News Release

With Clinton in Guatemala, Analysts Available for Interviews


Director of the Guatemala Project at the National Security Archive, which worked with the Commission for Historical Clarification, Doyle said: “Though not all the relevant material was turned over to the `truth commission,’ the U.S. took the Commission’s requests seriously and produced some critical documents. I hope this is a harbinger for support of future human rights investigations in the hemisphere. Now that the Guatemalan commission has finished its work, the U.S. should establish its own truth commission to expose, investigate and analyze our sometimes scandalous role in Latin America during the Cold War.”

Director of the human rights program at Global Exchange and author of “Searching for Everardo: A Story of Love, War and the CIA in Guatemala,” Harbury told the Institute for Public Accuracy today: “All of us with concerns for human rights worldwide and especially in Guatemala must feel very pleased with the recent `truth commission.’ We must take careful note of the commission director Christian Tomuschat’s comments regarding U.S. complicity and responsibility for the repression that took place. Now is the time to carefully examine the role of the U.S. in the dirty wars throughout Latin America.”

Director of the Council on Hemispheric Affairs, Birns said: “The Clinton administration has been more forthcoming than any other in turning over information, but it has still refused to release much of the documentation on the U.S. government’s role in the killings in Guatemala, and much of what it has released was blacked out. Moreover, the U.S. has declined to urge other countries, like Argentina which provided training, to cooperate with Guatemala as it tries to sort out the facts…. Given the record of the region in terms of corruption, donors need to beware when they give aid — so that the money doesn’t fall into the hands of government officials; that’s what happened after the 1974 hurricane.”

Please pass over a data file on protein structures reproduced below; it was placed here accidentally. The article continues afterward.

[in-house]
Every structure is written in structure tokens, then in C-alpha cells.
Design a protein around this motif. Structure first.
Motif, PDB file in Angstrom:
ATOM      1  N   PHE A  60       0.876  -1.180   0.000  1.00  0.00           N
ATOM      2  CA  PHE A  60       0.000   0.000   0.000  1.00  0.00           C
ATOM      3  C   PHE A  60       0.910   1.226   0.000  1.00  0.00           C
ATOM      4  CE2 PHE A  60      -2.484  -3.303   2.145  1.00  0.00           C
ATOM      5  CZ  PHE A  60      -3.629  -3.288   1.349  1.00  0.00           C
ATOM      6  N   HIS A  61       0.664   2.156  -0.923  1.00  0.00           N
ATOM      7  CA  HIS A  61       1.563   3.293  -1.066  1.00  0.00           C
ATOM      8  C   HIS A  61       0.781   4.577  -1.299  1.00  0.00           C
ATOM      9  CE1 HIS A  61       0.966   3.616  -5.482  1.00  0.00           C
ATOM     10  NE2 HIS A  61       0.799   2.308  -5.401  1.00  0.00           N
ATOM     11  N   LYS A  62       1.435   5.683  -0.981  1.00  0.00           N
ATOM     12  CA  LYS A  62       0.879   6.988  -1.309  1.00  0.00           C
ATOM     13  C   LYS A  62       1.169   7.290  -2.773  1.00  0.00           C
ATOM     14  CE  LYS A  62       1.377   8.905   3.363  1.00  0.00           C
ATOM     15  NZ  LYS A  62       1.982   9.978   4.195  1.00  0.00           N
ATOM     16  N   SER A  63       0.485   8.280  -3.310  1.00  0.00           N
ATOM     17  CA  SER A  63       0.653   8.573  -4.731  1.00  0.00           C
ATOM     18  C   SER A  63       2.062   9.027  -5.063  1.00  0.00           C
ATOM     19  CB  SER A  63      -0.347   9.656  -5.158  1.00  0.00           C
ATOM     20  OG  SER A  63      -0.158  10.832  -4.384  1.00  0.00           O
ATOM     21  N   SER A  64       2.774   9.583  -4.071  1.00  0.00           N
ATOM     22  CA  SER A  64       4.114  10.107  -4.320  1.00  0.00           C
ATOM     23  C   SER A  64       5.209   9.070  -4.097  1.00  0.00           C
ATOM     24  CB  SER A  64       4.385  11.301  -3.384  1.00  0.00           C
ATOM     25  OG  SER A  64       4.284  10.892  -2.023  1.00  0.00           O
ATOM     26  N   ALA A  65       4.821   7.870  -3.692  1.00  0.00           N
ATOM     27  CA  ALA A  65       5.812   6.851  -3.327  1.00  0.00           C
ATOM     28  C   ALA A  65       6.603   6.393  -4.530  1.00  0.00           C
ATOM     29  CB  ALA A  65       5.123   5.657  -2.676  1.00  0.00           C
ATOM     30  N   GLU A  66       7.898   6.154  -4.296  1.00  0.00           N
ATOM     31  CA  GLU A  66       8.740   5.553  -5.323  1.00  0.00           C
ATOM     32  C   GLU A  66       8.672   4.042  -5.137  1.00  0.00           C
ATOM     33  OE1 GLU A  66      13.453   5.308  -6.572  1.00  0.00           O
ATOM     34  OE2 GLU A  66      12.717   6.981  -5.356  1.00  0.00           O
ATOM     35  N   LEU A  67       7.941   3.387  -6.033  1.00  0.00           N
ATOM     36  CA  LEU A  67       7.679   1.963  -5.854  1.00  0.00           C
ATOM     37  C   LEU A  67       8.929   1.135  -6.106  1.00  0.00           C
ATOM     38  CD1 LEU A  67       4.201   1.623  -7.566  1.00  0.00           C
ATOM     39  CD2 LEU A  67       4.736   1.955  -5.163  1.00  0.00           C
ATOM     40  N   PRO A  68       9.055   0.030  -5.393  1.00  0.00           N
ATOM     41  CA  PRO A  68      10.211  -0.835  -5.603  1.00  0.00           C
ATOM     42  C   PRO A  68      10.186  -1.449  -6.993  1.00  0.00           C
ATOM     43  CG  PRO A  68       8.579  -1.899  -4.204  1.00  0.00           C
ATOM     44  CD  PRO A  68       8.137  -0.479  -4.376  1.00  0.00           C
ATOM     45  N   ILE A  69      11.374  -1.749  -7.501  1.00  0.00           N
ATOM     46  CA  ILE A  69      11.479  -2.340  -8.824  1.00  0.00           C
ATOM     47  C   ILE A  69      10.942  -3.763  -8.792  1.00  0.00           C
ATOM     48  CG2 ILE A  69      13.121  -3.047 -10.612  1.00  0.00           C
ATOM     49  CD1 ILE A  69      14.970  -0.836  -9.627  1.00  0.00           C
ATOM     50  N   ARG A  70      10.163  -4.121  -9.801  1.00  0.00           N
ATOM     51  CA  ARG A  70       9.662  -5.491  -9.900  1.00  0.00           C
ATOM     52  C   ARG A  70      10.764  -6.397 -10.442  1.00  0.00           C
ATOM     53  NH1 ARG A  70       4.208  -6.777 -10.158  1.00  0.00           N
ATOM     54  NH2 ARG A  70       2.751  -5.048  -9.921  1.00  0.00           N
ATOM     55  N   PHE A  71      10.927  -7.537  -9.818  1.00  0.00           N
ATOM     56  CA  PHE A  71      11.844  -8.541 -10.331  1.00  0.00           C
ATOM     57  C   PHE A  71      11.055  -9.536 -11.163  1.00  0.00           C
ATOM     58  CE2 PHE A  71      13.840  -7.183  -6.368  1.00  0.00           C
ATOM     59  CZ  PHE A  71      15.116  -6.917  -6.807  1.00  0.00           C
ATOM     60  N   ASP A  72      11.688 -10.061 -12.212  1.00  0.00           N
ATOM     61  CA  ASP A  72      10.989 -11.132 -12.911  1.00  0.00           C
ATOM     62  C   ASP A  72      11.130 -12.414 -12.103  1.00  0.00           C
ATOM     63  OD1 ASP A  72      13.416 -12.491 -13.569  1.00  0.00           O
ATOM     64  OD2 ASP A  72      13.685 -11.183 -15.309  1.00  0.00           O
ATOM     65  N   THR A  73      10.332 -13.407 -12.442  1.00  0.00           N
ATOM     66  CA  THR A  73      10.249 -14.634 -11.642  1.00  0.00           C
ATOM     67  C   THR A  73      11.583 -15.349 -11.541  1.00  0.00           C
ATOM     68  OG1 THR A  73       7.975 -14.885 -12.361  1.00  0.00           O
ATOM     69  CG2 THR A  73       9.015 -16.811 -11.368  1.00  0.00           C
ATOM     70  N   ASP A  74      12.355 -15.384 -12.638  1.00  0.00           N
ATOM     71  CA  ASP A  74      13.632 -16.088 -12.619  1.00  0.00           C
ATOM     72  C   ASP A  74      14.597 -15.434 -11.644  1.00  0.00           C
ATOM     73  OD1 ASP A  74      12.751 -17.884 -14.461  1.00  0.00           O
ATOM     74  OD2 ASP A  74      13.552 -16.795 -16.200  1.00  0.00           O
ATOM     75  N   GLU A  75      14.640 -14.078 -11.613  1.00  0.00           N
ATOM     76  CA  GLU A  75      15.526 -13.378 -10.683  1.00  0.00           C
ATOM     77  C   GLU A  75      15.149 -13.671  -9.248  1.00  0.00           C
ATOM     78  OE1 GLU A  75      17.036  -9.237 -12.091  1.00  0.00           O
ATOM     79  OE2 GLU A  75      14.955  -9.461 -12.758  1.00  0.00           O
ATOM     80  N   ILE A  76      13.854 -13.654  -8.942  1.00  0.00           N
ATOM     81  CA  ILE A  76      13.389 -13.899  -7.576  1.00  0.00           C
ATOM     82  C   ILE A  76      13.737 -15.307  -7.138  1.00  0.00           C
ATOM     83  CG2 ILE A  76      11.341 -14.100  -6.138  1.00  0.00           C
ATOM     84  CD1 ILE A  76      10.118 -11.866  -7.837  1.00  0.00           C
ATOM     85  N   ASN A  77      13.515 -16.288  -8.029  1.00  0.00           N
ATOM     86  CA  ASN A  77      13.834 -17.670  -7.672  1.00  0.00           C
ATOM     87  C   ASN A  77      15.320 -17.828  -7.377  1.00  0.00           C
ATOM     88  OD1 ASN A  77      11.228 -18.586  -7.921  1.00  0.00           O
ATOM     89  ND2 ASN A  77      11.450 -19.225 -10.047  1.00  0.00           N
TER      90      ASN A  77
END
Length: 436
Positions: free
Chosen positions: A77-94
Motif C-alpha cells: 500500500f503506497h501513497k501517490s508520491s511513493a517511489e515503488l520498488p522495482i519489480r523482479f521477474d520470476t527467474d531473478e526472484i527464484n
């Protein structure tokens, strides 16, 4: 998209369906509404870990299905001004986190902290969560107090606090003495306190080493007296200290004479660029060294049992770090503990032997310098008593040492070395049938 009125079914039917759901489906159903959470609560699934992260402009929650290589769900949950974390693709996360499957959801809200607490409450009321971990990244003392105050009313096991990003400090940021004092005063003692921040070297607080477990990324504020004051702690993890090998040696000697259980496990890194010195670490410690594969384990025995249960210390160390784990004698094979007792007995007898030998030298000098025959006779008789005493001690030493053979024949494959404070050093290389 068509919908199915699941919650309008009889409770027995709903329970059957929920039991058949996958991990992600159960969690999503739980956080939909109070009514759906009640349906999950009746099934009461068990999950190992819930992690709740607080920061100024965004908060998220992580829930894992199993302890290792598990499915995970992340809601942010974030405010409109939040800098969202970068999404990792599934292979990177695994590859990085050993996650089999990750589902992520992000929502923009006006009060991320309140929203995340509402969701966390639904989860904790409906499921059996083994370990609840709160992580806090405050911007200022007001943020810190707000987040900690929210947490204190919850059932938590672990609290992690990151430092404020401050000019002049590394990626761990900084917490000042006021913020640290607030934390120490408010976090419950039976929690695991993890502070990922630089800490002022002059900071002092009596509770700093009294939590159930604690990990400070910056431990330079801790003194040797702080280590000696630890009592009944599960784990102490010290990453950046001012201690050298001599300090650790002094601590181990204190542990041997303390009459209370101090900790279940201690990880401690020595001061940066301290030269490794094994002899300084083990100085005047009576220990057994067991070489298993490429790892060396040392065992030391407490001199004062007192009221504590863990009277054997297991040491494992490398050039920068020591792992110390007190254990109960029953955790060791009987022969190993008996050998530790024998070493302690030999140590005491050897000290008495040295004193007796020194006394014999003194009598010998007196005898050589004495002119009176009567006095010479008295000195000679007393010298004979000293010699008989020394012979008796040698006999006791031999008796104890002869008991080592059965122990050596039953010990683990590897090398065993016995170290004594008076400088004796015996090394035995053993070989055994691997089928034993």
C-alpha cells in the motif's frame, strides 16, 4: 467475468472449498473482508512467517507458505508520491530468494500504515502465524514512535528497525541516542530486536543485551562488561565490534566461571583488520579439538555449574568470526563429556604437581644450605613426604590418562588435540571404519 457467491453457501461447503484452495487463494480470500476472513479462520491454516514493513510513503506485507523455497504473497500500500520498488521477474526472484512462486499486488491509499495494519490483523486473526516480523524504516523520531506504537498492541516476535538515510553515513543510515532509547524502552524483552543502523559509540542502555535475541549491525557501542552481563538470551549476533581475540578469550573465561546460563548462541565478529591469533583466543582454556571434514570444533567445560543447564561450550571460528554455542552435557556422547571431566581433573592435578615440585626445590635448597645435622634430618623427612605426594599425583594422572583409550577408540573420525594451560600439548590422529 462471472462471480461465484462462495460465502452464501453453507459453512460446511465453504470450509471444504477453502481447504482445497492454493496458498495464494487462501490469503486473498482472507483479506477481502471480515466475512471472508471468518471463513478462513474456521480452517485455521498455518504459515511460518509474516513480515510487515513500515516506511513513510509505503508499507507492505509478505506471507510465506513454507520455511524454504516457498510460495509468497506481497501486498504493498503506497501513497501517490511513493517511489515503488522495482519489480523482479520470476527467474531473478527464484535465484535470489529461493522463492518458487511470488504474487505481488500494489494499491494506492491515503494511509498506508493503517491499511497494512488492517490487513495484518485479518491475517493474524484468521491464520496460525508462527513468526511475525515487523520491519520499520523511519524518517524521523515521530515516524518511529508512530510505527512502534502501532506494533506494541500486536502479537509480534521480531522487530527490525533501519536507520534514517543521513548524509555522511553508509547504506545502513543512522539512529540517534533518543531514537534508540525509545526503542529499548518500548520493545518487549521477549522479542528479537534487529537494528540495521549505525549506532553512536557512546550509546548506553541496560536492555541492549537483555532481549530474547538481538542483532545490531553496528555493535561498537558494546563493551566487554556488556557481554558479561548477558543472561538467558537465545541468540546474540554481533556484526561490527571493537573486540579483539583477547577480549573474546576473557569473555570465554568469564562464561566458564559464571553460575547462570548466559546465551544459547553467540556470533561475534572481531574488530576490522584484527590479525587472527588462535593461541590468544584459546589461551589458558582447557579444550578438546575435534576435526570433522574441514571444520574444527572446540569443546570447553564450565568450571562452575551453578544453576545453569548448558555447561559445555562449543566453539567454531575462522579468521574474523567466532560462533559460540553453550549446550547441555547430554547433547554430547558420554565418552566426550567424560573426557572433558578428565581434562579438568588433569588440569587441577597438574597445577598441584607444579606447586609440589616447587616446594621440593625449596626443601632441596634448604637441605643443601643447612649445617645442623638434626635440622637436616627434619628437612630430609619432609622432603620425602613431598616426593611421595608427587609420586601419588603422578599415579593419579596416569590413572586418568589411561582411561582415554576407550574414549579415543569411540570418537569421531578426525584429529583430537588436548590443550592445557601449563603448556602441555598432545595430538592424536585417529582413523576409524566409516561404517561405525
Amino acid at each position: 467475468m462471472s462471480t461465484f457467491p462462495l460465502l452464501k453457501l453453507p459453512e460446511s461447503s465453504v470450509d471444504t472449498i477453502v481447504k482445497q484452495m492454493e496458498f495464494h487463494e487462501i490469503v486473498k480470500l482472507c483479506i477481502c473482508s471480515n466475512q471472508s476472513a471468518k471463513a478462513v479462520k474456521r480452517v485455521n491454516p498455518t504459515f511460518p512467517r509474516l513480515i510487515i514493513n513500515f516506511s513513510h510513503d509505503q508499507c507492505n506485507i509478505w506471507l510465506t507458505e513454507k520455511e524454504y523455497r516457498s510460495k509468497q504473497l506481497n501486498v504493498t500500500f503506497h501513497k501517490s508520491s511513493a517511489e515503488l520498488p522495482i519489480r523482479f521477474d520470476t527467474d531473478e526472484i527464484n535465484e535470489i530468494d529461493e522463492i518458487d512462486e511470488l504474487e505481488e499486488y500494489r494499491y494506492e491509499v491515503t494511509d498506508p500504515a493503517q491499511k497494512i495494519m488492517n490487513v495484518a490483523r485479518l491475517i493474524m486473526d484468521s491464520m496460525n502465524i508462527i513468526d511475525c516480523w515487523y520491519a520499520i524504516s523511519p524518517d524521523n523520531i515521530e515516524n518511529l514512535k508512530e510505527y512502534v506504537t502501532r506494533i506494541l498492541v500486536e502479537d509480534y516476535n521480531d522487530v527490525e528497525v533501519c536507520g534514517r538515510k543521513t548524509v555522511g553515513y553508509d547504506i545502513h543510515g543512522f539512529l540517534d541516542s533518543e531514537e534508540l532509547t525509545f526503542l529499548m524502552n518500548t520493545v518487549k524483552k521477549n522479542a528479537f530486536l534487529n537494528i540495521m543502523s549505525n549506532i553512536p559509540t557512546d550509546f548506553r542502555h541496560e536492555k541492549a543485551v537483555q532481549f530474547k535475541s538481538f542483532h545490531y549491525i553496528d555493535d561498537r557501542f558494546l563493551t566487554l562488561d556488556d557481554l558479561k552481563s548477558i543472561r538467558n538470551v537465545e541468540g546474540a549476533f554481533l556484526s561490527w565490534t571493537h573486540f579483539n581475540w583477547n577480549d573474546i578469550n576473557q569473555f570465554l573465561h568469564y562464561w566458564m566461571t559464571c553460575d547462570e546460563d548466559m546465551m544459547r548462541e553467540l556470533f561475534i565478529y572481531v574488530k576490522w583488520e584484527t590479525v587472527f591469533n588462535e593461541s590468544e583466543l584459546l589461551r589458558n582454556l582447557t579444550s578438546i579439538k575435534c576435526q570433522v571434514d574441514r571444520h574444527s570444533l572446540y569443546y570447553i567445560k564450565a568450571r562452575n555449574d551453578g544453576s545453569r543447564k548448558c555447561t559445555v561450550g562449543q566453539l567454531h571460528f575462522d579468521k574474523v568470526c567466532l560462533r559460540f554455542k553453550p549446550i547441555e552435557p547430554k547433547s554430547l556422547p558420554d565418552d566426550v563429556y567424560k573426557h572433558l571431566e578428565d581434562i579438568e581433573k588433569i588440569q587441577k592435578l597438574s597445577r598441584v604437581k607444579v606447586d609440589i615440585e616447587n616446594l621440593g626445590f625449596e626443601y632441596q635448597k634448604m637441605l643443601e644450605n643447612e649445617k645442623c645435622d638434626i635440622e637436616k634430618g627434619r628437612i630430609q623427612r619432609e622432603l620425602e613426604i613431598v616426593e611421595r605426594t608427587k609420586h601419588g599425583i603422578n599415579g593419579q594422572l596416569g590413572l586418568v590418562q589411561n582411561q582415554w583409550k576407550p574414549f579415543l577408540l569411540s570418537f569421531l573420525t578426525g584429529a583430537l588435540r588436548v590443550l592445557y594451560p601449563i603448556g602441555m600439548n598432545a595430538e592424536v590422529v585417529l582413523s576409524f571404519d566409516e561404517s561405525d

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Founder and director of the Guatemala Human Rights Commission/USA, Sr. Zachmann said: “It is my hope that Clinton offers an apology for the U.S. role in the killings, moves toward making reparations and carries out the recommendations of the Clarification Commission report. The report confirmed what human rights activists have been saying all these years: Over 200,000 people were killed and over 600 massacres took place. The U.S.-backed military death squads carried out 93 percent of the killings, the guerrillas were responsible for 3 percent. Because 83 percent of the victims were Mayan indigenous — long repressed — the report classified it as genocide.” The Commission report is at:

For more information, contact at the Institute for Public Accuracy: Sam Husseini, (202) 347-0020; David Zupan, (541) 484-9167